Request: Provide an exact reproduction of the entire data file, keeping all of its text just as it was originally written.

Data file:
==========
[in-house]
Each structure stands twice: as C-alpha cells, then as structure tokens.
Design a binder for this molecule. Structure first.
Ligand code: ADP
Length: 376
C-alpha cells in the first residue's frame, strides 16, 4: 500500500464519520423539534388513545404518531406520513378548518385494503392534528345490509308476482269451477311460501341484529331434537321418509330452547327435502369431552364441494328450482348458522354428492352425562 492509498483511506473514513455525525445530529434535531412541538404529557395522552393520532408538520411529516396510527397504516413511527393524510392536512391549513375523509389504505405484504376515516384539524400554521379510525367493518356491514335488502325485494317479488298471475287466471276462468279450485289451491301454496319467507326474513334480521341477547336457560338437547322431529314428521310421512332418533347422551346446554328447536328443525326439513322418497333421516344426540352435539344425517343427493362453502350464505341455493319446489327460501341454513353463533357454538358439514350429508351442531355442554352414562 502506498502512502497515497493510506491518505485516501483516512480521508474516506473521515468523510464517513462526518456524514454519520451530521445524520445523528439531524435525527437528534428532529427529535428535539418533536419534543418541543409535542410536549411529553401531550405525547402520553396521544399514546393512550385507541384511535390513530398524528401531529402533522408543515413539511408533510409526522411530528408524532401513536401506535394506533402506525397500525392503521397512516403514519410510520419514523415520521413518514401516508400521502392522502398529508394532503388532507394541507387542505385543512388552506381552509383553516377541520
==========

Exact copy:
[in-house]
Each structure stands twice: as C-alpha cells, then as structure tokens.
Design a binder for this molecule. Structure first.
Ligand code: ADP
Length: 376
C-alpha cells in the first residue's frame, strides 16, 4: 500500500464519520423539534388513545404518531406520513378548518385494503392534528345490509308476482269451477311460501341484529331434537321418509330452547327435502369431552364441494328450482348458522354428492352425562 492509498483511506473514513455525525445530529434535531412541538404529557395522552393520532408538520411529516396510527397504516413511527393524510392536512391549513375523509389504505405484504376515516384539524400554521379510525367493518356491514335488502325485494317479488298471475287466471276462468279450485289451491301454496319467507326474513334480521341477547336457560338437547322431529314428521310421512332418533347422551346446554328447536328443525326439513322418497333421516344426540352435539344425517343427493362453502350464505341455493319446489327460501341454513353463533357454538358439514350429508351442531355442554352414562 502506498502512502497515497493510506491518505485516501483516512480521508474516506473521515468523510464517513462526518456524514454519520451530521445524520445523528439531524435525527437528534428532529427529535428535539418533536419534543418541543409535542410536549411529553401531550405525547402520553396521544399514546393512550385507541384511535390513530398524528401531529402533522408543515413539511408533510409526522411530528408524532401513536401506535394506533402506525397500525392503521397512516403514519410510520419514523415520521413518514401516508400521502392522502398529508394532503388532507394541507387542505385543512388552506381552509383553516377541520